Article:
- Indian Rupee (INR) remains depressed on the covid outlook
- India sees travel restrictions imposed across the globe
- US Dollar (USD) rebounds from session lows
- US treasury yields slip lower
The US Dollar Indian Rupee (USD/INR) exchange is advancing for a second consecutive session. The pair settled +0.47% higher on Monday at 74.85. At 12:00 UTC, USD/INR trades +0.1% at 74.94.
The Indian Rupee has started the week on a softer tone amid another surge in coronavirus infections raising the risk of more broadband lockdowns.
India’s total number of covid cases remains elevated. India has been reporting over 200,000 cases per day since mid April. This is well past its peak last year when it was reporting 93,000 cases a day. Deaths have also been rising to 1,619 deaths on Monday.
Many countries have now added India to a travel restrictions list amid concerns over a double mutation variant.
Oil prices continue to rise which is bad news for India, the world’s third largest importer of oil. WTI rose 6% across the previous week and is up a further 1.4% so far this week.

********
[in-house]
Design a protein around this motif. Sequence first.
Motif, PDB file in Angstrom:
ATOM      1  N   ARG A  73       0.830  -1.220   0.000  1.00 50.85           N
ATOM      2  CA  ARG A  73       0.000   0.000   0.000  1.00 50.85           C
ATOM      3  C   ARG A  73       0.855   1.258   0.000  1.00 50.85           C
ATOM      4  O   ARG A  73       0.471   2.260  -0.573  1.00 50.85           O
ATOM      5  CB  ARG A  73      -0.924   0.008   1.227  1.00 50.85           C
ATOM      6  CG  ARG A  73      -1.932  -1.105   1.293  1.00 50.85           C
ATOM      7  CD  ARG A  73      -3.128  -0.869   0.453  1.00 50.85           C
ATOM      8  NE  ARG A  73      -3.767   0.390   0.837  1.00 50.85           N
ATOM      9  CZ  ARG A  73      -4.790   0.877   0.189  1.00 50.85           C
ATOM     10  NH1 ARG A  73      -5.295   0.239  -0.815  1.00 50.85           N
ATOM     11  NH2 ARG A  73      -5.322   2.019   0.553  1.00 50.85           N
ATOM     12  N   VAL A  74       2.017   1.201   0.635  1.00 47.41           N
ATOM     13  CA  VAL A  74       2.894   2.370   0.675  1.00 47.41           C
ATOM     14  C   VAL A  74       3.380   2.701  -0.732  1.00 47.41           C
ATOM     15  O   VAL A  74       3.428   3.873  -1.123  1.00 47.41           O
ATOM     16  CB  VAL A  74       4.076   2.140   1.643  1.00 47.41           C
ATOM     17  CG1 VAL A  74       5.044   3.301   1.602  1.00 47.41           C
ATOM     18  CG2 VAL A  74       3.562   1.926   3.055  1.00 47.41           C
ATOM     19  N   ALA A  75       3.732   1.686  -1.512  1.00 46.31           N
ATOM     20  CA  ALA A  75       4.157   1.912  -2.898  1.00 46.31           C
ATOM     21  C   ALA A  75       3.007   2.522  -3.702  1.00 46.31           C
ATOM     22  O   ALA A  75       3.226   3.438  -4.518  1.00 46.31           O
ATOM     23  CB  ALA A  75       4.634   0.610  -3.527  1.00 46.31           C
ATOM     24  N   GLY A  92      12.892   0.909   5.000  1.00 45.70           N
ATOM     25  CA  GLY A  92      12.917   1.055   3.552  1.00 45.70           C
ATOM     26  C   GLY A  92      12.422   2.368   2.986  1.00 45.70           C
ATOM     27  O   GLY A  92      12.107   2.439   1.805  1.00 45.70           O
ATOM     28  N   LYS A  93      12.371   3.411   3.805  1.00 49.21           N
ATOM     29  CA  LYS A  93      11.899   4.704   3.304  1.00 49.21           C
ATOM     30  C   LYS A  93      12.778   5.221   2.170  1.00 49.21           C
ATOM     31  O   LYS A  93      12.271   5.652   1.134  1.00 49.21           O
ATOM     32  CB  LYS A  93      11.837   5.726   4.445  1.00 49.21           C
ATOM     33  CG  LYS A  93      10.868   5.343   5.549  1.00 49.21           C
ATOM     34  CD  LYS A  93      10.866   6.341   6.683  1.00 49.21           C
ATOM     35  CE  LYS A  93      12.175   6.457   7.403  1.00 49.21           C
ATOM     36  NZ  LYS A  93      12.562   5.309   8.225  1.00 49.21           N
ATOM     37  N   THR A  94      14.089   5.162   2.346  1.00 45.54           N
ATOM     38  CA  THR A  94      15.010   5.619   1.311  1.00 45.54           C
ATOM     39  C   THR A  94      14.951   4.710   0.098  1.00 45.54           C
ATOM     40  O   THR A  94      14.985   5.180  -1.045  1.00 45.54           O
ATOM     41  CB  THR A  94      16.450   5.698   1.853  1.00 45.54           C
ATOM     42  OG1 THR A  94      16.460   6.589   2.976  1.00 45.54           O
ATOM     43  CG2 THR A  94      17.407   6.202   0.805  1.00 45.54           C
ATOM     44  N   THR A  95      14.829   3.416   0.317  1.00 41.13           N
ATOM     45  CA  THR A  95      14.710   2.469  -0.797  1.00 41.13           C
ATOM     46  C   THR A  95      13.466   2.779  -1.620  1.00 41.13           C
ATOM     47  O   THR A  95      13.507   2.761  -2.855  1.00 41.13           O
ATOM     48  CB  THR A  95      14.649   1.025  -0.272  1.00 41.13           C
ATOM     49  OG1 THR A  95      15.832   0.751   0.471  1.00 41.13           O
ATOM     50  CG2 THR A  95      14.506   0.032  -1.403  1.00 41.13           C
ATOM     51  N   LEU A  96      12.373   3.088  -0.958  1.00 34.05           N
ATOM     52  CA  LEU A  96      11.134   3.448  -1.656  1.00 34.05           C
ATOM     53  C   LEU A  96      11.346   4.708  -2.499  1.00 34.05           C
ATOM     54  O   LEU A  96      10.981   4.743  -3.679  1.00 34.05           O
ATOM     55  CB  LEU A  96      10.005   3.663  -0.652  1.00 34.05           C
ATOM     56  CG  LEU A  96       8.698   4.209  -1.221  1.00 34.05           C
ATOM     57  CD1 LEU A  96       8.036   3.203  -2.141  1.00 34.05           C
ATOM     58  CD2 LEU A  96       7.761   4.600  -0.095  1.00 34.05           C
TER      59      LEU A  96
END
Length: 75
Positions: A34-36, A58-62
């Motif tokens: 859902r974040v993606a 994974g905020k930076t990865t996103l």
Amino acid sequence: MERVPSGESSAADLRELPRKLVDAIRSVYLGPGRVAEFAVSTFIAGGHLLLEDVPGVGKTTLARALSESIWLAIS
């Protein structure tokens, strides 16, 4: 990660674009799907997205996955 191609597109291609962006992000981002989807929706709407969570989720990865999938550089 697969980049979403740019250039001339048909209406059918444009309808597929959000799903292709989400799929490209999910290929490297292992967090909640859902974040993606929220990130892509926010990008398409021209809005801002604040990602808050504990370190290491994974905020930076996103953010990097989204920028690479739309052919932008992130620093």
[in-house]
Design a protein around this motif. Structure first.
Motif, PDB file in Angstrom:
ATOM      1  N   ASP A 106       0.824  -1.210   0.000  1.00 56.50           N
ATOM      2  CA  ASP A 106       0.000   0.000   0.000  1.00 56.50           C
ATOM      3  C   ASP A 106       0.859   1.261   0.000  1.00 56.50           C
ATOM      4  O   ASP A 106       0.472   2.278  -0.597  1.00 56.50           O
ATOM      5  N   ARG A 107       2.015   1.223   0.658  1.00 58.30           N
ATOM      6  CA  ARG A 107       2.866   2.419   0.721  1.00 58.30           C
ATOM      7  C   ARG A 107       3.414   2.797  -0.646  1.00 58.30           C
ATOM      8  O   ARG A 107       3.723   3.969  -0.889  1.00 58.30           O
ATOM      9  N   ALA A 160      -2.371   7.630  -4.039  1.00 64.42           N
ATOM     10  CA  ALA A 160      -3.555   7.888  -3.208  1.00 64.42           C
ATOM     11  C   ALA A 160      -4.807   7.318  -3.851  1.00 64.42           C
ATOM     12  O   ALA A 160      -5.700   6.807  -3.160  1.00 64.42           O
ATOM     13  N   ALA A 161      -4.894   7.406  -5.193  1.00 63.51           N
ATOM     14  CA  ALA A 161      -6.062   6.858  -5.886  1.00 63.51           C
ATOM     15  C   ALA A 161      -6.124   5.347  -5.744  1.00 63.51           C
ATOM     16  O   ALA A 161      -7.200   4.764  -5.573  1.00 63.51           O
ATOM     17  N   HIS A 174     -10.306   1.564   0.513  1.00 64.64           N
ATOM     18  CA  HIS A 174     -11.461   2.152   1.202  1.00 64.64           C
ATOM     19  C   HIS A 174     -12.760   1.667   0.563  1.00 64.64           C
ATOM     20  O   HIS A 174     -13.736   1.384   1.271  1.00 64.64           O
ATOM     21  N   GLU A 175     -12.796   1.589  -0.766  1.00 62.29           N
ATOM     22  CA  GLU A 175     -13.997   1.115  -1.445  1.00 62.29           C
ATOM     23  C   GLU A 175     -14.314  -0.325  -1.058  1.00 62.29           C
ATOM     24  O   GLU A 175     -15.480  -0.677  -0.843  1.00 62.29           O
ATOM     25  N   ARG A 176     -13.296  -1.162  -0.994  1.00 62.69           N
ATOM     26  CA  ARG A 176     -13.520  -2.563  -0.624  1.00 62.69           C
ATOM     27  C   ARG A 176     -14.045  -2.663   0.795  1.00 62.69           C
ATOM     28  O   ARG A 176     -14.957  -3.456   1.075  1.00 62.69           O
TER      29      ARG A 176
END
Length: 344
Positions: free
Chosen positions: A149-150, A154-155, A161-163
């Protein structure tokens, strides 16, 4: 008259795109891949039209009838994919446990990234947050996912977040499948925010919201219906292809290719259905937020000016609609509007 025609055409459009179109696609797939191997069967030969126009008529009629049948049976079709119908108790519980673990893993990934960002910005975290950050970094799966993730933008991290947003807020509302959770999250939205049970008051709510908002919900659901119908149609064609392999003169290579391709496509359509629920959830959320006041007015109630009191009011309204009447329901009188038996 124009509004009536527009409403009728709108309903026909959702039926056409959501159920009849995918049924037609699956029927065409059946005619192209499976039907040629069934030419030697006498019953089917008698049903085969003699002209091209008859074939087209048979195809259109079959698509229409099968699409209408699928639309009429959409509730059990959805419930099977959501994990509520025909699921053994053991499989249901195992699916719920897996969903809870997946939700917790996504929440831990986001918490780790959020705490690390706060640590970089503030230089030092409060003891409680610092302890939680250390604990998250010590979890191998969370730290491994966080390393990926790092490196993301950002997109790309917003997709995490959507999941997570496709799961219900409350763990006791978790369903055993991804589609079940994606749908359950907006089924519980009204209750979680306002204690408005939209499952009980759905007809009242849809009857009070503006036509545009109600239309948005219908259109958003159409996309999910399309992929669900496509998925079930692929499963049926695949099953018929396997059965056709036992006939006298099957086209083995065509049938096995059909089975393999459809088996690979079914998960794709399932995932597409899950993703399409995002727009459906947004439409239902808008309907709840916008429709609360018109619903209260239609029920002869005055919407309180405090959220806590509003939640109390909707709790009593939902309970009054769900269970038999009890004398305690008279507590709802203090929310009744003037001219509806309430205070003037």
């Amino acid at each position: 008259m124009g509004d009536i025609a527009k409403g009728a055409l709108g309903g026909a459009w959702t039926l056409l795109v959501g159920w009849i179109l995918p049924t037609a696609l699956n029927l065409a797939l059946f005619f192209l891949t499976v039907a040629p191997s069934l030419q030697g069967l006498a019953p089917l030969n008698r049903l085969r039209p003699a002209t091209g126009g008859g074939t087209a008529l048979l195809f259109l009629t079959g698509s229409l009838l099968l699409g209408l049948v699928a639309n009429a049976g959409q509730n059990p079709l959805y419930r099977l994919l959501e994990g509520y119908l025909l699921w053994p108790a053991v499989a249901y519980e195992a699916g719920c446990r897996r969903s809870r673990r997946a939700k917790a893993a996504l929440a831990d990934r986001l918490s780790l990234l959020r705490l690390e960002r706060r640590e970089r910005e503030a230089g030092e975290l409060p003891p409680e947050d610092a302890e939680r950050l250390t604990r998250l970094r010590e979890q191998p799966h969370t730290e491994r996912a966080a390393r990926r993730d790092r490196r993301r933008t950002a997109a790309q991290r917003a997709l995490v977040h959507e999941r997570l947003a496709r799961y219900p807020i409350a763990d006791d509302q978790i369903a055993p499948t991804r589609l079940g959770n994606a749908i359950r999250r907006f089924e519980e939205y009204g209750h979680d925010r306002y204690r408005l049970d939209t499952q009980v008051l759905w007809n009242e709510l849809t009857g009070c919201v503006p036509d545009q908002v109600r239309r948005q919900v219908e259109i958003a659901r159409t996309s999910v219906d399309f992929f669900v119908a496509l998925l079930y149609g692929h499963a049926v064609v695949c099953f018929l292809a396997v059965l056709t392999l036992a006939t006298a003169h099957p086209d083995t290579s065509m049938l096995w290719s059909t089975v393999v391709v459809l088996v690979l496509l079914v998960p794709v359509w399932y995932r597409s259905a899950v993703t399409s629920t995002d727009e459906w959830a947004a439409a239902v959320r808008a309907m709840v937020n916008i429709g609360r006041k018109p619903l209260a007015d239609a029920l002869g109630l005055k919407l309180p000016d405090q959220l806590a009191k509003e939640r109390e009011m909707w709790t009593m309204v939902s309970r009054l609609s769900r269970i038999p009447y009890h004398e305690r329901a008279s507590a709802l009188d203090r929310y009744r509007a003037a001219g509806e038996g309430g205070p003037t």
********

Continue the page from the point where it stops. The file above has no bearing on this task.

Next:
The US Dollar is rising versus the Indian Rupee. However, it is falling versus its major peers. The US Dollar Index, which measures the greenback versus a basket of major currencies trades -0.03% at the time of writing at 91.05. However, it has picked up from a 6.5 week low of 90.86 hit earlier in the session.
The US Dollar trades mildly lower however has recovered losses as US treasury yields give up gains. The benchmark US 10 year treasury yield trades -0.1% slipping below the key 1.60% level to 1.59%. The US Dollar is rising whilst US treasury yields slip lower which is a reverse move to what was seen in the first three months of the year.
The US economic calendar is light today and remains that way for most of the week. Investors will be watching for further developments around President Biden’s infrastructure stimulus package. Yesterday Biden met with a group of bipartisian congressional law makers in an attempt to pull together additional support for his $2.5 trillion spending plan.